The Arlington County Board is looking to potentially use armed, private guards for security at county government headquarters in Courthouse.
The guards could help provide security at the building (2100 Clarendon Blvd) generally and during County Board meetings specifically, relieving pressure on the understaffed local police force.
According to an item on this weekend’s County Board meeting agenda:
The County currently stations armed police officers at the Bozman Government Center, as well as armed sheriff’s deputies at County Board meetings. To enhance public safety and security, the County would like the option to use armed private security guards.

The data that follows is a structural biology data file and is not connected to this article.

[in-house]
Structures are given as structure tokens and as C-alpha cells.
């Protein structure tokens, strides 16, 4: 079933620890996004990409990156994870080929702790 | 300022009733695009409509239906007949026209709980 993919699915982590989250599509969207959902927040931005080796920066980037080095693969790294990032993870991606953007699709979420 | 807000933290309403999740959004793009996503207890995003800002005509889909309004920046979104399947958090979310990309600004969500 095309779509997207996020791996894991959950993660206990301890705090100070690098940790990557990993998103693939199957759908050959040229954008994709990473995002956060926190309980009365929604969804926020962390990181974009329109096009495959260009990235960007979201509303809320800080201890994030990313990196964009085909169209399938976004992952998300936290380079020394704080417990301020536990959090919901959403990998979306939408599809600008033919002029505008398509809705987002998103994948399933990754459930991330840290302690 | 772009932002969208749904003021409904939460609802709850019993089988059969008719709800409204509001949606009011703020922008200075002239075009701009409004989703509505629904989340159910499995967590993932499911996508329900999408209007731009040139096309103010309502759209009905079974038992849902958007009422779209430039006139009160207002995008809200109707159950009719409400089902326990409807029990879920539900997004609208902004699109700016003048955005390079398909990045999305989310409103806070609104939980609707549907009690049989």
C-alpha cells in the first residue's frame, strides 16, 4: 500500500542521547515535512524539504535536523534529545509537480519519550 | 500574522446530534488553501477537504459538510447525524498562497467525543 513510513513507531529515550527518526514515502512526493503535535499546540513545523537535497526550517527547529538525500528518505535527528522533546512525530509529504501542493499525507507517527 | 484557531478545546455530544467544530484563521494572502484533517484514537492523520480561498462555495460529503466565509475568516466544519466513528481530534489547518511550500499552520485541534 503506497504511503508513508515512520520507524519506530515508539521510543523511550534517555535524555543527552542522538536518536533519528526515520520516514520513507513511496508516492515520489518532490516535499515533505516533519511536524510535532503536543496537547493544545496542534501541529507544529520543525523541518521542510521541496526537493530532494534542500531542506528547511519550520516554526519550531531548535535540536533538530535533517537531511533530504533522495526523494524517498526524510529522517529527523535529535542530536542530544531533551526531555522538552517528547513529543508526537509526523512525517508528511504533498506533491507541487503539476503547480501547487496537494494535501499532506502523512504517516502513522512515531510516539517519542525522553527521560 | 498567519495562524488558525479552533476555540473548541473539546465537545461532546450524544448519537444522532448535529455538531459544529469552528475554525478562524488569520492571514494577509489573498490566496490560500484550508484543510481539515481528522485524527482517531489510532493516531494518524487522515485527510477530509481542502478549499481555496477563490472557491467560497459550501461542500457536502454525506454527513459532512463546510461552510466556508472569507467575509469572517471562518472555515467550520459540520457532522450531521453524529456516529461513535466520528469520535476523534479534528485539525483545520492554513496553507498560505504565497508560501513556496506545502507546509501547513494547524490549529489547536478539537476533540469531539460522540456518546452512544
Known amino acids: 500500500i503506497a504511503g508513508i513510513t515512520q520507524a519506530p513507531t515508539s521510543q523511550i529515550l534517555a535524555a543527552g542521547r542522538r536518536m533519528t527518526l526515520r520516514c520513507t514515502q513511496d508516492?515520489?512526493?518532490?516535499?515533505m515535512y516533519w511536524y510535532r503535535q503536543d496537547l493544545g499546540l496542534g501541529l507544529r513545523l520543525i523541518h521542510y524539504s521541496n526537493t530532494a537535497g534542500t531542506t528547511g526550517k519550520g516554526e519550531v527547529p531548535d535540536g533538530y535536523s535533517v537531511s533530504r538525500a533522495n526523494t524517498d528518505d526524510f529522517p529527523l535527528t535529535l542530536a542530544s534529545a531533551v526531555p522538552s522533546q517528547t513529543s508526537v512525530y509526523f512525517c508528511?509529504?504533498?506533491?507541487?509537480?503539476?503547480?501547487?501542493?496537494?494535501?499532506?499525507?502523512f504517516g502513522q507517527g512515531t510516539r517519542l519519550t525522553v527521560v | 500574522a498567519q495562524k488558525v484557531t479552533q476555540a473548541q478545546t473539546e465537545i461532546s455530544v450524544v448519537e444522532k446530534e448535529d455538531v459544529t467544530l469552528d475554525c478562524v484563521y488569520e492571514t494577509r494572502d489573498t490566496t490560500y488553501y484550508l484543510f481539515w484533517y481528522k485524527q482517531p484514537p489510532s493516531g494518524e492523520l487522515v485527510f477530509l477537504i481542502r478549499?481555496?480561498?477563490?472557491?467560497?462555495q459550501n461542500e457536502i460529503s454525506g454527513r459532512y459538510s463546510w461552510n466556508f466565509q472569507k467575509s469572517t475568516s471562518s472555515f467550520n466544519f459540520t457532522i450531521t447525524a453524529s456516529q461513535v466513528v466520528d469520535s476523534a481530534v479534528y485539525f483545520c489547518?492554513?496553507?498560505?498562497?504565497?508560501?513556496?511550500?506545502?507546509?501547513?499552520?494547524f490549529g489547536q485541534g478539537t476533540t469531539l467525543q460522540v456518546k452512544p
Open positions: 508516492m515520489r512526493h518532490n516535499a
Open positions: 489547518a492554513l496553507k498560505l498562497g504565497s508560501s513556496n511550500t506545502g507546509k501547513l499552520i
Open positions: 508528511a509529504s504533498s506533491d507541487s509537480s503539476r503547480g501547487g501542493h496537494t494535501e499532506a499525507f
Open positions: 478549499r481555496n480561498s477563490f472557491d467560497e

The agenda item says that adding private guards would enhance the security at County Board meetings without taking law enforcement officers away from other jobs around Arlington.
The prospect of private security came up in the wake of the Virginia Beach shooting at a municipal building.
“After the Virginia Beach shooting in May, 2019, the County Manager hosted a virtual employee town hall meeting to discuss workplace security,” the agenda item said. “[This item] merely expands the choices that the County may make for the provision of that security.”
“Funding for the potential costs of enhanced security in the Bozman Government Center was included in the Adopted FY 2020 Budget,” county staff noted in the report.
Arlington Public Schools has implemented a new identification system for all visitors entering schools starting Tuesday, September 3.